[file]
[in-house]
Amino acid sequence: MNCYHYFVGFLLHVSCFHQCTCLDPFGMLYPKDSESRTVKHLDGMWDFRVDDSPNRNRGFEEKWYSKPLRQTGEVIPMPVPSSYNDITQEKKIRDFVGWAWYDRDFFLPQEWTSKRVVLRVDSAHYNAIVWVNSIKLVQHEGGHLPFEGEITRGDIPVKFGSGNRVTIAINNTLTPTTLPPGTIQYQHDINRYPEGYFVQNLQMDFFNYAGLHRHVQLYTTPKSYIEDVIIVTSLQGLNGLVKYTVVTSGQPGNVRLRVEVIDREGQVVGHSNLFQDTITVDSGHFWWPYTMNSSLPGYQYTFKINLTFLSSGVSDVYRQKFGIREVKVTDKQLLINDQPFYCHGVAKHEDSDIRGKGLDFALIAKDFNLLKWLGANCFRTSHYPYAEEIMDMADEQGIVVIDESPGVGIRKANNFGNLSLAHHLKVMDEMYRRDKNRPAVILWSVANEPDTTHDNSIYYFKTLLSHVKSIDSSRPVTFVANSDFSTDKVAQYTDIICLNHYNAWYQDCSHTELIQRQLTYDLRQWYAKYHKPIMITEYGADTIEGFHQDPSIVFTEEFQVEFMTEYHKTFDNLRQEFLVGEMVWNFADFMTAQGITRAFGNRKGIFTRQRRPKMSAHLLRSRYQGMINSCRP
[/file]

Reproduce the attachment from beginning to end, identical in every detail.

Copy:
[in-house]
Amino acid sequence: MNCYHYFVGFLLHVSCFHQCTCLDPFGMLYPKDSESRTVKHLDGMWDFRVDDSPNRNRGFEEKWYSKPLRQTGEVIPMPVPSSYNDITQEKKIRDFVGWAWYDRDFFLPQEWTSKRVVLRVDSAHYNAIVWVNSIKLVQHEGGHLPFEGEITRGDIPVKFGSGNRVTIAINNTLTPTTLPPGTIQYQHDINRYPEGYFVQNLQMDFFNYAGLHRHVQLYTTPKSYIEDVIIVTSLQGLNGLVKYTVVTSGQPGNVRLRVEVIDREGQVVGHSNLFQDTITVDSGHFWWPYTMNSSLPGYQYTFKINLTFLSSGVSDVYRQKFGIREVKVTDKQLLINDQPFYCHGVAKHEDSDIRGKGLDFALIAKDFNLLKWLGANCFRTSHYPYAEEIMDMADEQGIVVIDESPGVGIRKANNFGNLSLAHHLKVMDEMYRRDKNRPAVILWSVANEPDTTHDNSIYYFKTLLSHVKSIDSSRPVTFVANSDFSTDKVAQYTDIICLNHYNAWYQDCSHTELIQRQLTYDLRQWYAKYHKPIMITEYGADTIEGFHQDPSIVFTEEFQVEFMTEYHKTFDNLRQEFLVGEMVWNFADFMTAQGITRAFGNRKGIFTRQRRPKMSAHLLRSRYQGMINSCRP